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Arizona soccer to face Utah and No. 18 Colorado in ‘very important’ homestand

arizona-wildcats-soccer-college-team-academic-dorsey-united-soccer-coaches Photo courtesy Arizona Athletics

Sabrina Enciso mashes the refresh button on her web browser every Monday, eager to see where the Arizona Wildcats stand in the latest RPI rankings.

“I think we are like 36th,” the UA defender said after Tuesday’s practice.

She is right, though not exactly pleased with that number.

“I think we’re very underestimated,” she said.

RPI, which ranks teams on their record and strength of schedule, is the most commonly used metric to gauge NCAA Tournament candidacy. Arizona coach Tony Amato says it’s best to be within the Top 40 or else you are at risk of missing the postseason.

The Wildcats are right on the fringe, so Enciso knows how important this weekend is when they host Utah (3-5-1, 0-1) and No. 18 Colorado (9-0-1, 1-0) on Thursday and Sunday, respectively.

“These games mean a lot for our RPI and they mean a lot for our NCAA Tournament (hopes),” she said.

Losing, and perhaps even drawing, to either school could be costly come Selection Monday. Utah’s RPI is 161 and Colorado, despite being one of the few unbeaten teams left in the country, sits at 61 because they had an anemic non-conference schedule.

“It is very important to win these games,” Enciso stressed.

Amato expects Thursday’s match to be decided by one goal, and that is probably a solid prediction. Arizona has won four of their last six against Utah, but all six were one-goal games. Two of them required extra time.

Last year, the Wildcats won 3-2 in Salt Lake City. The year before, they lost 2-1 in Tucson.

Utah has an unimpressive 11-10 goal differential and lost to Oregon in their conference opener, but Amato called them an organized team that boasts two extremely potent players in seniors Hailey Skolmoski and Paola van der Veen.

Both have four goals and an assist this season.

Skolmoski has tallied three goals in two career games against Arizona. She famously notched the game-winner in Tucson in 2016, scoring a diving header late in the second half amid a torrential downpour.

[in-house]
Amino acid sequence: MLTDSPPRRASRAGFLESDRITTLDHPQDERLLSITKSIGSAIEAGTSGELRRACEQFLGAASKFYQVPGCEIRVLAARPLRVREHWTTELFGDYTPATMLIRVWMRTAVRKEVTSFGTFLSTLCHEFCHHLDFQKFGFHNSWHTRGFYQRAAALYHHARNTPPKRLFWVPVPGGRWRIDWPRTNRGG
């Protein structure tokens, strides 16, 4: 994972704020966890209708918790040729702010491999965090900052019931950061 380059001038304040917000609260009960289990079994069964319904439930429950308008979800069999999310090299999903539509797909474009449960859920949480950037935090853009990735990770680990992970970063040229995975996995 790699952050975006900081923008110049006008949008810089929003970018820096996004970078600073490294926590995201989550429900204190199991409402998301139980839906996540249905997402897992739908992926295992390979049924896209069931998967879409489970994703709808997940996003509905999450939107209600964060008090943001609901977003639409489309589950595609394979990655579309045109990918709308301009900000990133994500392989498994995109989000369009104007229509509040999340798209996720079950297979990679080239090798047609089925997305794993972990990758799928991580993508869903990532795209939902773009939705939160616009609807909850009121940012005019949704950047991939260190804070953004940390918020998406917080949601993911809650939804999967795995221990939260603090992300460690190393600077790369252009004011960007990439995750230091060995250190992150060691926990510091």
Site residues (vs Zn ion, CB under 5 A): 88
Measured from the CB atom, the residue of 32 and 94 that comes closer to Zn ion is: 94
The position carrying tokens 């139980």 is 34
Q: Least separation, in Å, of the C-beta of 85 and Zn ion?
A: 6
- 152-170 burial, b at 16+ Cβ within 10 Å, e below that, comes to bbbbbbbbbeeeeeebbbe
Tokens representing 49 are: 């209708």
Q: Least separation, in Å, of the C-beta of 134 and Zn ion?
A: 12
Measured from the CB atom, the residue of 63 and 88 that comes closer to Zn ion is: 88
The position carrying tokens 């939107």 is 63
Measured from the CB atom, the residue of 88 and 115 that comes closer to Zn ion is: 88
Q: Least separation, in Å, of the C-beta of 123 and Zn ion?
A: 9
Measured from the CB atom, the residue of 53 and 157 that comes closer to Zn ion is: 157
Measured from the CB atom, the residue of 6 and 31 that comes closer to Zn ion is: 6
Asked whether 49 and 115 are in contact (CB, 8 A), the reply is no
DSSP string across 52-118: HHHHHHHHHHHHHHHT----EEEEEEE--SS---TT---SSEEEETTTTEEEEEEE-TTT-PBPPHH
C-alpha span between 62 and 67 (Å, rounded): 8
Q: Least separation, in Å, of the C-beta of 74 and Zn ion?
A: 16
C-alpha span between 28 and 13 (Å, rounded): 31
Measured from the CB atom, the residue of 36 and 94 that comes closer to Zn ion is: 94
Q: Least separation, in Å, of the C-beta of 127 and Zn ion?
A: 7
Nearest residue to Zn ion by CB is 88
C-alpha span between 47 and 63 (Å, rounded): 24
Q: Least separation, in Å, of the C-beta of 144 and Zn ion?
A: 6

“They have some other dangerous players as well, but you gotta account for those two,” Amato said. “They’ll find ways to get them the ball and we expect a tough game.”

The Wildcats lost 2-0 to No. 1 Stanford in their Pac-12 opener last Friday, but they were major underdogs, so UA midfielder Kelcey Cavarra thinks Thursday will be a good opportunity to see where they actually stack up against the rest of the conference.

“Losing to Stanford sucked,” she said, “but this is the time to turn it around and get the rest of our Pac-12 season going.”

Amato believes his team is in a good place — they have won seven of their last eight and are ranked 23rd in the latest TopDrawerSoccer poll — but he cautioned that all their early success can quickly be undone in conference play.

So while it might be tempting to look ahead to next week’s heavyweight matches at No. 2 USC and No. 13 UCLA, Utah cannot be ignored.

“It’s going to be like any Pac-12 game where it’s going to be a really tight, one-goal game,” Amato said. “All the games are going to go that way in the Pac-12 and we’re focused on that and know that we’re going to have to play well or they’ll come in and beat us.”

The bar has been raised

Want proof that there is a new, elevated standard for Arizona soccer? One reporter referred to the Utah and Colorado games as ones the Wildcats are “supposed to win.”

Amato couldn’t help but smile when he heard that. Remember: before he arrived in 2013, Arizona was arguably the worst program in the Pac-12. They won five conference games from 2009-2012.

They won seven in 2017 alone.

“It’s funny because the reason I kind of laughed when you said ‘supposed to win’ is it sounds like some of the expectations have changed,” Amato said.

“Before it was like, ‘can we win games?’ Now your language is ‘you’re supposed to win those games.’ So from that standpoint, it’s a credit to the players of how well they’ve done over the years to be able to win 6-7 games in the Pac-12. But we know every year is completely different. You can go from winning seven games to winning one very quickly in this league, so we gotta stay on it.”